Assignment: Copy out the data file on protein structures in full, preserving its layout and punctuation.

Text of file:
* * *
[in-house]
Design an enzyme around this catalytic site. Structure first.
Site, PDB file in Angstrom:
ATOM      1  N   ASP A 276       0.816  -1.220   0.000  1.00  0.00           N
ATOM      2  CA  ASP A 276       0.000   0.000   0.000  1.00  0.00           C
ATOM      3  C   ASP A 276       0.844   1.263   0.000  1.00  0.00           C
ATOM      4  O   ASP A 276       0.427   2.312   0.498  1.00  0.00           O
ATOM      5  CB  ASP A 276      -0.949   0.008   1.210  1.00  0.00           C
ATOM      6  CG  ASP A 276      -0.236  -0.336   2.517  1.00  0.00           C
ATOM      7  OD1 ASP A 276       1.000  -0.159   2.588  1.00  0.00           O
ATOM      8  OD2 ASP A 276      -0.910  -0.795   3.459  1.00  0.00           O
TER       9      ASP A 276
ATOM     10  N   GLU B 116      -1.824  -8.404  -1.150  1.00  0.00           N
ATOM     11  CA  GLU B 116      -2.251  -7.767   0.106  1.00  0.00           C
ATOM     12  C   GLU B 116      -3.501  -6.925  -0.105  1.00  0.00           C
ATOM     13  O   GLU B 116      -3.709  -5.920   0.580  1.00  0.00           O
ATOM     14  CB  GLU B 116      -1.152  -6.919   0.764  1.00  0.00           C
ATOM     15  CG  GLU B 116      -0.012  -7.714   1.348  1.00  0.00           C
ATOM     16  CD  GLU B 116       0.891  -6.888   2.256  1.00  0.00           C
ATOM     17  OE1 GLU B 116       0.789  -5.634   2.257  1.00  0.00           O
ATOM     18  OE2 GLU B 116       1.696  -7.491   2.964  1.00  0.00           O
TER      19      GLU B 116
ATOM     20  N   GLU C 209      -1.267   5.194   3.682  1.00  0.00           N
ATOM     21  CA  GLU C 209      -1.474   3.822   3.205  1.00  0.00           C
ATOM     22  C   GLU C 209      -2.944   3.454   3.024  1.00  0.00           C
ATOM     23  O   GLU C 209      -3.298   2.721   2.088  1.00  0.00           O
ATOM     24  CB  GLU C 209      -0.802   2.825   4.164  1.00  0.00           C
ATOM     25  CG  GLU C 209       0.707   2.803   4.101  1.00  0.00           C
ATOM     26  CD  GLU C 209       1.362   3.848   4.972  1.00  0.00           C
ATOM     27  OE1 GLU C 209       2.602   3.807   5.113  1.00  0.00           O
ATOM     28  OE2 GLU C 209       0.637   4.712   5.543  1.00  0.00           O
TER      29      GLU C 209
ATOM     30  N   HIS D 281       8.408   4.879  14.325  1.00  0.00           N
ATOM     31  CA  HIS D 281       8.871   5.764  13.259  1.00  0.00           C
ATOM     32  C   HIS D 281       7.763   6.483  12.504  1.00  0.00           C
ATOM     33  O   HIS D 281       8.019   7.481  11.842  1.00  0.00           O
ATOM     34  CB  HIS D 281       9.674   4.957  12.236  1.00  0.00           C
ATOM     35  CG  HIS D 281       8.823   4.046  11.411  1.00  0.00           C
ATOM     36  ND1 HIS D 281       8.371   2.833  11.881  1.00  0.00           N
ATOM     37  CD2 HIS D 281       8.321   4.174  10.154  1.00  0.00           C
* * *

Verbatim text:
[in-house]
Design an enzyme around this catalytic site. Structure first.
Site, PDB file in Angstrom:
ATOM      1  N   ASP A 276       0.816  -1.220   0.000  1.00  0.00           N
ATOM      2  CA  ASP A 276       0.000   0.000   0.000  1.00  0.00           C
ATOM      3  C   ASP A 276       0.844   1.263   0.000  1.00  0.00           C
ATOM      4  O   ASP A 276       0.427   2.312   0.498  1.00  0.00           O
ATOM      5  CB  ASP A 276      -0.949   0.008   1.210  1.00  0.00           C
ATOM      6  CG  ASP A 276      -0.236  -0.336   2.517  1.00  0.00           C
ATOM      7  OD1 ASP A 276       1.000  -0.159   2.588  1.00  0.00           O
ATOM      8  OD2 ASP A 276      -0.910  -0.795   3.459  1.00  0.00           O
TER       9      ASP A 276
ATOM     10  N   GLU B 116      -1.824  -8.404  -1.150  1.00  0.00           N
ATOM     11  CA  GLU B 116      -2.251  -7.767   0.106  1.00  0.00           C
ATOM     12  C   GLU B 116      -3.501  -6.925  -0.105  1.00  0.00           C
ATOM     13  O   GLU B 116      -3.709  -5.920   0.580  1.00  0.00           O
ATOM     14  CB  GLU B 116      -1.152  -6.919   0.764  1.00  0.00           C
ATOM     15  CG  GLU B 116      -0.012  -7.714   1.348  1.00  0.00           C
ATOM     16  CD  GLU B 116       0.891  -6.888   2.256  1.00  0.00           C
ATOM     17  OE1 GLU B 116       0.789  -5.634   2.257  1.00  0.00           O
ATOM     18  OE2 GLU B 116       1.696  -7.491   2.964  1.00  0.00           O
TER      19      GLU B 116
ATOM     20  N   GLU C 209      -1.267   5.194   3.682  1.00  0.00           N
ATOM     21  CA  GLU C 209      -1.474   3.822   3.205  1.00  0.00           C
ATOM     22  C   GLU C 209      -2.944   3.454   3.024  1.00  0.00           C
ATOM     23  O   GLU C 209      -3.298   2.721   2.088  1.00  0.00           O
ATOM     24  CB  GLU C 209      -0.802   2.825   4.164  1.00  0.00           C
ATOM     25  CG  GLU C 209       0.707   2.803   4.101  1.00  0.00           C
ATOM     26  CD  GLU C 209       1.362   3.848   4.972  1.00  0.00           C
ATOM     27  OE1 GLU C 209       2.602   3.807   5.113  1.00  0.00           O
ATOM     28  OE2 GLU C 209       0.637   4.712   5.543  1.00  0.00           O
TER      29      GLU C 209
ATOM     30  N   HIS D 281       8.408   4.879  14.325  1.00  0.00           N
ATOM     31  CA  HIS D 281       8.871   5.764  13.259  1.00  0.00           C
ATOM     32  C   HIS D 281       7.763   6.483  12.504  1.00  0.00           C
ATOM     33  O   HIS D 281       8.019   7.481  11.842  1.00  0.00           O
ATOM     34  CB  HIS D 281       9.674   4.957  12.236  1.00  0.00           C
ATOM     35  CG  HIS D 281       8.823   4.046  11.411  1.00  0.00           C
ATOM     36  ND1 HIS D 281       8.371   2.833  11.881  1.00  0.00           N
ATOM     37  CD2 HIS D 281       8.321   4.174  10.154  1.00  0.00           C